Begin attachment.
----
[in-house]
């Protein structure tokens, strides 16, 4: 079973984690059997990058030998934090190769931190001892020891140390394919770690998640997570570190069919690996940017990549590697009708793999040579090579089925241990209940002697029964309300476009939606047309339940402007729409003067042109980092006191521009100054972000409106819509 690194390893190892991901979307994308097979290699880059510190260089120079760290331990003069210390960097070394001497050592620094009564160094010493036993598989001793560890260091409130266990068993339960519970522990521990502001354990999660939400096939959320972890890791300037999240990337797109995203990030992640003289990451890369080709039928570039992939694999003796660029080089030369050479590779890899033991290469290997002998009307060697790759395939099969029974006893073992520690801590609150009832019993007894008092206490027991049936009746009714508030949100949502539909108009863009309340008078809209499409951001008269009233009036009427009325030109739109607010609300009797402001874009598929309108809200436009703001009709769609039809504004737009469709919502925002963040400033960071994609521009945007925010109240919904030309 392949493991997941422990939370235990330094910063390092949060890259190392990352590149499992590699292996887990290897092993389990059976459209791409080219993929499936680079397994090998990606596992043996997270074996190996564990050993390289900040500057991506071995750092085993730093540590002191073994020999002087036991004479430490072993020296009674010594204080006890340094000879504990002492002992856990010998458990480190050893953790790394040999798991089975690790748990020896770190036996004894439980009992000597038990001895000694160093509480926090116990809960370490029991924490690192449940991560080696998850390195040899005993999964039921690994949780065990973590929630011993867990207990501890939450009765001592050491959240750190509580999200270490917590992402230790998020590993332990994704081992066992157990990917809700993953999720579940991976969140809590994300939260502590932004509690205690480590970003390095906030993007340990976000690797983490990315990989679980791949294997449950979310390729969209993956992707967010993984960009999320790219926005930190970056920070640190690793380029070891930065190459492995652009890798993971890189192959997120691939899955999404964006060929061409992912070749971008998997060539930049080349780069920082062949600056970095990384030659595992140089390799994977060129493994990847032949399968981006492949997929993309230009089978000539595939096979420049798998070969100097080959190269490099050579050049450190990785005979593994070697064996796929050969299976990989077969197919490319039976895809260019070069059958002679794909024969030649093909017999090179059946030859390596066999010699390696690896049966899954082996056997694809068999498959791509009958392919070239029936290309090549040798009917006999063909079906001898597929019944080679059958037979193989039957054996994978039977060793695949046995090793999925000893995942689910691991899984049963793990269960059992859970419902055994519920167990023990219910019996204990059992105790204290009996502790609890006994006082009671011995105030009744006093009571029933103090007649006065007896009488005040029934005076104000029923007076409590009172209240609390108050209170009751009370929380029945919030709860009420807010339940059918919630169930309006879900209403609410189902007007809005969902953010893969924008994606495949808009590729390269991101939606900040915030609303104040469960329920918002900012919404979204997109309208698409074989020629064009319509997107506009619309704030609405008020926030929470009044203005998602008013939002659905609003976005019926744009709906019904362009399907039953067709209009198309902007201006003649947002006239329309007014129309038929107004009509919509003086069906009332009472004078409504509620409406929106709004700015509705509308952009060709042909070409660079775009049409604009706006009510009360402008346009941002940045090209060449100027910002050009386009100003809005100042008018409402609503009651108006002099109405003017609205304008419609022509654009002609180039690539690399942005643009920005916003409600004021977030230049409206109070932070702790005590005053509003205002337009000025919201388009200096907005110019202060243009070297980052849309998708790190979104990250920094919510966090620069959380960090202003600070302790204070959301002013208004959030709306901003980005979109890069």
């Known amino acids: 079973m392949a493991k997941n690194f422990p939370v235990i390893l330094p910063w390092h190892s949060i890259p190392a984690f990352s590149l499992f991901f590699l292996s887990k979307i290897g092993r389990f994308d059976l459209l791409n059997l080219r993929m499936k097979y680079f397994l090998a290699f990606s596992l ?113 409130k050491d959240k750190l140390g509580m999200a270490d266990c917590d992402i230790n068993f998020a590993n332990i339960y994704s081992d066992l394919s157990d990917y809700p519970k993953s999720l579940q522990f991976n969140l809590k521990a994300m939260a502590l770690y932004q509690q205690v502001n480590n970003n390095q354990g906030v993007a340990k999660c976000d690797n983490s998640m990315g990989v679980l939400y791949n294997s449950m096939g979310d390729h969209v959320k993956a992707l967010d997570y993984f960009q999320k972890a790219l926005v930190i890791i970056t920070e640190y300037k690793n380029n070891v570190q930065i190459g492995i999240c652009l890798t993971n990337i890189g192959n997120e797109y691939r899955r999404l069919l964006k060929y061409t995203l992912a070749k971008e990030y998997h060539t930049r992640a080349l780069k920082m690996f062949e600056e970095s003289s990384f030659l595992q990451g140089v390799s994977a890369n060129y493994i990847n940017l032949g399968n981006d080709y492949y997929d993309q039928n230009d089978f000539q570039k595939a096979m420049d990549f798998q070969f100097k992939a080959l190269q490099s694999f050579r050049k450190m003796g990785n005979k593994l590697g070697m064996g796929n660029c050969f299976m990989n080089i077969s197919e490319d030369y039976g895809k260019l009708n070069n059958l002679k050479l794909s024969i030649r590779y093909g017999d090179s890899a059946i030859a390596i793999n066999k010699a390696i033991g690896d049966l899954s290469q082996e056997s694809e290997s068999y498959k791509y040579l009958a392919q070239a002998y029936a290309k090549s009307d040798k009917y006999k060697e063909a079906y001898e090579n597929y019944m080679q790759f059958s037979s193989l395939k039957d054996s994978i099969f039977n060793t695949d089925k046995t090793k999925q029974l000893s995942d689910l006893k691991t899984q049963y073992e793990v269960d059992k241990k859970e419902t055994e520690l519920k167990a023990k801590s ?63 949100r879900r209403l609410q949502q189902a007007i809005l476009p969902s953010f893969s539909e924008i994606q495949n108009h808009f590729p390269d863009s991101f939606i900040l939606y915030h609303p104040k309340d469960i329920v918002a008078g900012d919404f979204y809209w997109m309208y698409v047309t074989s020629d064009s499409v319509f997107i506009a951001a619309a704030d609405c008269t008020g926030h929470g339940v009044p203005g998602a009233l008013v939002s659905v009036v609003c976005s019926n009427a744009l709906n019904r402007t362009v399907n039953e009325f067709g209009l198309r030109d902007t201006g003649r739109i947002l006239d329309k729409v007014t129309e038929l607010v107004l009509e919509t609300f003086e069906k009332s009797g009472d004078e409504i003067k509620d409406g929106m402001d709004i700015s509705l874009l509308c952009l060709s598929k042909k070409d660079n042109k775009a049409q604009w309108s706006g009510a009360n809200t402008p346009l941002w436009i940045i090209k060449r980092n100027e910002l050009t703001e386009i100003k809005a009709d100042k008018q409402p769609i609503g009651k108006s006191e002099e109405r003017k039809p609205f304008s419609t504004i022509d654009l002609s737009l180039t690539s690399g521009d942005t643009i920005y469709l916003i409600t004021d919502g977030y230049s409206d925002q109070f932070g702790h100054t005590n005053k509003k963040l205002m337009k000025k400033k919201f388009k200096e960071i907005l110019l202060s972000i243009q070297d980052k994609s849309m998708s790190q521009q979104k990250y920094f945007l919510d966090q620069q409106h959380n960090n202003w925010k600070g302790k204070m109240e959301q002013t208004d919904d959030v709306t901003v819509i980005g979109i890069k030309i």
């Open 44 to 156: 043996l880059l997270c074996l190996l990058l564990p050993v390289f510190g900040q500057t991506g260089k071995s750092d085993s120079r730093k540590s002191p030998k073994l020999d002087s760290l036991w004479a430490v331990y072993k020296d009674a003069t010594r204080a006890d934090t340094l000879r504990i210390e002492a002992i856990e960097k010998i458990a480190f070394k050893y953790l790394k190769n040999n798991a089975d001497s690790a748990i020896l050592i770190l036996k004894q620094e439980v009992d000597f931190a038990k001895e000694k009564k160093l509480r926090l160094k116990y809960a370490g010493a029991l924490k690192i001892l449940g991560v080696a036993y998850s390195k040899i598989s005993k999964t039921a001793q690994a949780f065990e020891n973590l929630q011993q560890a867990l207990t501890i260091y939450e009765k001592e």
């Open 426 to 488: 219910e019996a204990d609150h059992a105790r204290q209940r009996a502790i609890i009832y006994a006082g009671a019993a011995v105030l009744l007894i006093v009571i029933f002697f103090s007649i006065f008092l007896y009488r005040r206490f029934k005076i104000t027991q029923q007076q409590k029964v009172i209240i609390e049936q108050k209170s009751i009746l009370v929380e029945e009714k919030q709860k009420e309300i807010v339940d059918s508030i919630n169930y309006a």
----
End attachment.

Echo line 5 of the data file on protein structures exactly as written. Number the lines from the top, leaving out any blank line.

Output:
């Open 426 to 488: 219910e019996a204990d609150h059992a105790r204290q209940r009996a502790i609890i009832y006994a006082g009671a019993a011995v105030l009744l007894i006093v009571i029933f002697f103090s007649i006065f008092l007896y009488r005040r206490f029934k005076i104000t027991q029923q007076q409590k029964v009172i209240i609390e049936q108050k209170s009751i009746l009370v929380e029945e009714k919030q709860k009420e309300i807010v339940d059918s508030i919630n169930y309006a």